As often happens during times of great tragedy of the sort we saw recently in Connecticut, there are a number of questions about how a good God could allow such events to occur. I personally think much is explained by the existence of free will and how if God did intend to create mankind as creatures with free will, inherent in that act was at least the possibility they would do acts that lead to the suffering of others. This video is a succinct presentation about the connection between free will and evil, and how it frames our view of the goodness of God.
I would further contend that we intuit this connection between free will and evil actions. For example when one considers much modern fiction, when the plot involves humans creating a self-aware artificial intelligence, more often than not the intelligence turns on its creator, i.e. man. From HAL of 2001 a Space Odyssey to Skynet in the Terminator movies or the intelligence that oversees The Matrix we see there is an inherent realization that whenever an intelligence can choose to operate outside the parameters for which it was designed there is the possibility it will use that power to destroy.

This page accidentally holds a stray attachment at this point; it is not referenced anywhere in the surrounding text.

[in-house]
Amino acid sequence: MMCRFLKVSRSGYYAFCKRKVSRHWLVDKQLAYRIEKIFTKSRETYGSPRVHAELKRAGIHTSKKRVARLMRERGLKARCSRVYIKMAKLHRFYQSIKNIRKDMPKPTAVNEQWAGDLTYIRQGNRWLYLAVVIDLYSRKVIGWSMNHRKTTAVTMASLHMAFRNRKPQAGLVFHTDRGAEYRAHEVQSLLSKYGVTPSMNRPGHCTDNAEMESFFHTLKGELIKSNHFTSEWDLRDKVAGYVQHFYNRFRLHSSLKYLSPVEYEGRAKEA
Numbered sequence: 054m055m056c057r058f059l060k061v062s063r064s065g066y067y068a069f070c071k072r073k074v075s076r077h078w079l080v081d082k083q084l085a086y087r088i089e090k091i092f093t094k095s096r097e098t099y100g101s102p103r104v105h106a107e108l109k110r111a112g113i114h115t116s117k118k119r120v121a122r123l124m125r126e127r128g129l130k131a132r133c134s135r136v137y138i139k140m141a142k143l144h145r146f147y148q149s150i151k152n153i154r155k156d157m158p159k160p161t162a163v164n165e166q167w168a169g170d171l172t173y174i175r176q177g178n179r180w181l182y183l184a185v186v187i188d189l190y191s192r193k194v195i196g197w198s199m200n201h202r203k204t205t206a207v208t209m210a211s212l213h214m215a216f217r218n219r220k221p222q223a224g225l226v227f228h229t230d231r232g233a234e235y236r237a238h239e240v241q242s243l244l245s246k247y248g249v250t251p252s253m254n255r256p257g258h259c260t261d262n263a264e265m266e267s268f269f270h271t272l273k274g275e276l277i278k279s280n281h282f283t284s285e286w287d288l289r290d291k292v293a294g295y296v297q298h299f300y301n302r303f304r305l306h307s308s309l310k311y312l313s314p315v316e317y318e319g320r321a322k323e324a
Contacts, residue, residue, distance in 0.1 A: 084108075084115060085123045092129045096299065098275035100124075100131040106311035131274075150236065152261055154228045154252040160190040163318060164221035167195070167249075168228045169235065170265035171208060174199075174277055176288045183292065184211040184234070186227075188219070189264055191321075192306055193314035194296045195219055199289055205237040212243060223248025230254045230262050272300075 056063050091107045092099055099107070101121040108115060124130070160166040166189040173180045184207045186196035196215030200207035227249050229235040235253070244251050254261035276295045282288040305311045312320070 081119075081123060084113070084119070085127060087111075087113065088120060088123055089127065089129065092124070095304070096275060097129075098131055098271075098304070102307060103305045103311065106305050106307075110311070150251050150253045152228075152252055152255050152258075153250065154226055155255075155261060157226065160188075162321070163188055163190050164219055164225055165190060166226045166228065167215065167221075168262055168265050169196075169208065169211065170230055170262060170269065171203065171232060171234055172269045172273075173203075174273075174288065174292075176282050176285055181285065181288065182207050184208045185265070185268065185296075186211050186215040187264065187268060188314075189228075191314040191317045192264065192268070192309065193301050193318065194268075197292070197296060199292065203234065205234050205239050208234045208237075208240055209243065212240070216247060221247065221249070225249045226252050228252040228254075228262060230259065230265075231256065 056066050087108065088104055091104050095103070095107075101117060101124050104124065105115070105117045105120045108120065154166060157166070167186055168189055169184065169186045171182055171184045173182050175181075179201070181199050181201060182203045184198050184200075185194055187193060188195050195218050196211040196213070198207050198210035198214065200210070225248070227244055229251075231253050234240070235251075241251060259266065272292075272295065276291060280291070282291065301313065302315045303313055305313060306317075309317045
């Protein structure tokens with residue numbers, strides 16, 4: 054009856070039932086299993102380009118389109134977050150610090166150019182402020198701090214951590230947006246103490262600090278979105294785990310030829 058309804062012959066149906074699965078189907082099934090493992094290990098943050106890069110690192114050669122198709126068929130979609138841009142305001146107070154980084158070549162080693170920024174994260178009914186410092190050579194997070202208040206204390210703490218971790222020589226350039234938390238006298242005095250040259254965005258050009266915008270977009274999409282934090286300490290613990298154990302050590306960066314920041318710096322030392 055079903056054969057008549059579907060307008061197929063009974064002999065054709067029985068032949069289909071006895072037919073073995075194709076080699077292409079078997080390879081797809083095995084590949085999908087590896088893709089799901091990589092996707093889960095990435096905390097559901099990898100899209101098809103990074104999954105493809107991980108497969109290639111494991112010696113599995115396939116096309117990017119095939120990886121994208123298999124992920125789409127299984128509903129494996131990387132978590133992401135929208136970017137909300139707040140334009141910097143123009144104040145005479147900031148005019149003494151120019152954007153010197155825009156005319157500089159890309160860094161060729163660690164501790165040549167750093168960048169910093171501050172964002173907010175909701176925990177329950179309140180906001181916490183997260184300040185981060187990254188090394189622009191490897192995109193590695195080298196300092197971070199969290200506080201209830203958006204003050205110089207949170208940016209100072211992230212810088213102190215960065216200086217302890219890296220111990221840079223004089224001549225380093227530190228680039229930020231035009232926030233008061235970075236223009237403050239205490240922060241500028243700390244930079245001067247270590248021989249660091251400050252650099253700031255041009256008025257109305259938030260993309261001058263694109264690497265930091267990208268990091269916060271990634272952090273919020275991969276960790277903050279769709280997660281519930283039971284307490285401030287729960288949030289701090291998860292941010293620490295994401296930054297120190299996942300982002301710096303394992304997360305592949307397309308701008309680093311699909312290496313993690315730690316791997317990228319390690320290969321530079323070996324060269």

In fact, I would argue the notion of evil is much more problematic from the perspective of atheistic philosophies like naturalism and materialism than it is for the Christian. As no actions within those philosophies can be considered inherently evil, and as those beliefs render free will illusory, there is no ultimate explanation for why we categorize some human actions as evil and others as good. If there is neither intention for our behavior nor a plan for our existence then our actions merely are what they are, no different than the behavior of any other organism on the planet.
A Christian has no such dilemma; our belief is rationally superior to atheism because it can coherently acknowledge the horror of suffering and reality of evil, empathizing with the sufferers while gently and lovingly affirming the goodness of God.